The Bottom Line: Pushing or Pulling? That is the Question
Posted on July 12, 2022 | in Ergonomics
VelocityEHS ergonomist, Blake McGowan explains the latest ergonomic research on pushing and pulling at work.
Hi, my name is Blake McGowan, and I’m a certified professional ergonomist with Humantech (now VelocityEHS Ergonomics).
Now, one of the most common tasks within the industry is manually pushing and pulling carts, but unfortunately, it doesn’t seem to get the same research attention as manually lifting and lowering materials. More recently, people have started to notice that individuals are pushing and pulling carts more frequently than they’re actually lifting and lowering materials.
So, what does this mean? What do health and safety professionals need to know?
Well, in 2014, a group of researchers, including Garg, Waters, Capellash, and Kawasaki, put together a comprehensive review of manually pushing and pulling carts.
So, what did they find?
First, they showed that there’s an association between pushing and pulling carts and discomfort in the shoulders and low back.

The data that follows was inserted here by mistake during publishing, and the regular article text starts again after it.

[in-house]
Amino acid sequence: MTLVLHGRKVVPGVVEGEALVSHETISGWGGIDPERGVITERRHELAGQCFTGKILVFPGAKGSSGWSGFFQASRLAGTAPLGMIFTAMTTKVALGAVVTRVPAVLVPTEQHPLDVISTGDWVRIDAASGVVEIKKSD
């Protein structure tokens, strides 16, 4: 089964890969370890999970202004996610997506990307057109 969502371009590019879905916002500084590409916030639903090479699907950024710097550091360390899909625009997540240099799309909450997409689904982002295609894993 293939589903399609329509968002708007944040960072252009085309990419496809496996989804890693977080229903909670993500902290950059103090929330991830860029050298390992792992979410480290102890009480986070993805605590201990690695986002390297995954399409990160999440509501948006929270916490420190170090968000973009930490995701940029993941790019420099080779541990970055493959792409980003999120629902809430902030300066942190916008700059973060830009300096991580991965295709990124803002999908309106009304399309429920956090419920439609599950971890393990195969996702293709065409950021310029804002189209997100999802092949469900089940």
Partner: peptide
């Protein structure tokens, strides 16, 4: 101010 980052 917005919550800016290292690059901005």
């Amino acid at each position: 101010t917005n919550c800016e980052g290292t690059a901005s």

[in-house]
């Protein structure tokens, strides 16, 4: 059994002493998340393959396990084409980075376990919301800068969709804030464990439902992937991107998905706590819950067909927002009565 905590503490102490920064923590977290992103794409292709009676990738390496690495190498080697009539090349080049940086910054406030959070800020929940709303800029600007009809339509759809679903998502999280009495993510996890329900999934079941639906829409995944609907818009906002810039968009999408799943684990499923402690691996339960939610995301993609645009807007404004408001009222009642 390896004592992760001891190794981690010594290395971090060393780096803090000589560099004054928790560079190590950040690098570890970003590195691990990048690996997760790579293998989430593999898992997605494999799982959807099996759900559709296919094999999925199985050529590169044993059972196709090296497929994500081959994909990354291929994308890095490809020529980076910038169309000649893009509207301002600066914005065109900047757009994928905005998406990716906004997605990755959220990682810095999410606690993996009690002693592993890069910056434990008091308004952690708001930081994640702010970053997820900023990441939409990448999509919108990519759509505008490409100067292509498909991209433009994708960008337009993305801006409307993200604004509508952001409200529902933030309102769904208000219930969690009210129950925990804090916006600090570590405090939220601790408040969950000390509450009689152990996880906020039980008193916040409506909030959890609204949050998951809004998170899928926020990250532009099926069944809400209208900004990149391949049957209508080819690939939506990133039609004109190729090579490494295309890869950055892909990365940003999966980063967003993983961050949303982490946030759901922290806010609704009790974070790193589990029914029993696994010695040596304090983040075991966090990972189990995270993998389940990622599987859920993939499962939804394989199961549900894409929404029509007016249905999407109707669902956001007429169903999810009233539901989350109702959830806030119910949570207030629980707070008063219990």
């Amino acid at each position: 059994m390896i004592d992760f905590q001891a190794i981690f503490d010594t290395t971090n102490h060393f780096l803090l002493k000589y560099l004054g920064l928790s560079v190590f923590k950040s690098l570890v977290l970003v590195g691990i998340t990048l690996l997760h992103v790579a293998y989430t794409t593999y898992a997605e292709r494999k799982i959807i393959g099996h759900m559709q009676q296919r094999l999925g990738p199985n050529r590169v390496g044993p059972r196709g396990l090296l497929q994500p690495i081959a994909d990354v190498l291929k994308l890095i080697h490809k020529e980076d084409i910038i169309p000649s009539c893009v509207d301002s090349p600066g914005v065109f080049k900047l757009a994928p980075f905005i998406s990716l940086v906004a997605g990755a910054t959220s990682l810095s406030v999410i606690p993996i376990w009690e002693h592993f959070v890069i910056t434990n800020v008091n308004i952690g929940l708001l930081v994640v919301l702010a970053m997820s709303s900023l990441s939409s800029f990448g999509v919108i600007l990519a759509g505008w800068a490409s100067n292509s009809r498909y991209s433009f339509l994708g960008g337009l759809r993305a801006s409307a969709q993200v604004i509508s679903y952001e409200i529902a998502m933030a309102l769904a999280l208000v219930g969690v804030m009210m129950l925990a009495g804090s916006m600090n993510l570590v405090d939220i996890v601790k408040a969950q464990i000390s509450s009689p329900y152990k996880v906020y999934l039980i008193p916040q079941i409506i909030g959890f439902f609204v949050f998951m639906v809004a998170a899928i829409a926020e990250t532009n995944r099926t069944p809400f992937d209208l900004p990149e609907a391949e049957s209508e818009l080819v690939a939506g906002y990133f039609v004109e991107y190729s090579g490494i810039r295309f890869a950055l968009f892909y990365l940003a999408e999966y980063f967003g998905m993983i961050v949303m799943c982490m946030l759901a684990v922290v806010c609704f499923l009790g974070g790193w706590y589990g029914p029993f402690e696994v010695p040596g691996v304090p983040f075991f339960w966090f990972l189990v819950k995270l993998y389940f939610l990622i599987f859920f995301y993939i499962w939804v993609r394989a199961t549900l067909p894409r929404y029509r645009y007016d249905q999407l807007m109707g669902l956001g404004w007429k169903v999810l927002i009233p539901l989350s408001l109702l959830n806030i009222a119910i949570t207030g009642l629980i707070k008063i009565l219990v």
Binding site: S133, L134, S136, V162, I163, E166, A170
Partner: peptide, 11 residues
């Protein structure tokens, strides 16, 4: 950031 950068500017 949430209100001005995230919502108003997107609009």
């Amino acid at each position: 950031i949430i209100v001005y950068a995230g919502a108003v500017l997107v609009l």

Second, the linkage between pushing and pulling carts and shoulder disorders and low back disorders really isn’t studied that often, and the evidence is fairly weak, so a lot more research is needed.
Third, the 1991 Liberty Mutual tables for push-pull forces are still a valid tool and are probably the best tool available for practitioners.
Fourth, it is unclear if it’s better to push a cart or to pull a cart. More research is needed to determine.
Fifth, it is unclear what the appropriate or optimal handle height is for pushing and pulling. We still need to figure out what the optimal handle height is to minimize shoulder forces as well as low back forces, but it probably lies somewhere between the waist and the shoulders.
And last, some new regression models have been developed that help us determine the acceptable push-pull forces for different handle heights, push differences distances, as well as frequency, allowing us to gather more specific data.
So, what does all this mean? What’s the bottom line?
Well, the bottom line is that the 1991 Liberty Mutual tables for push-pull forces are still valid, and they’re still the best tool available for practitioners.
Thanks, have a great day!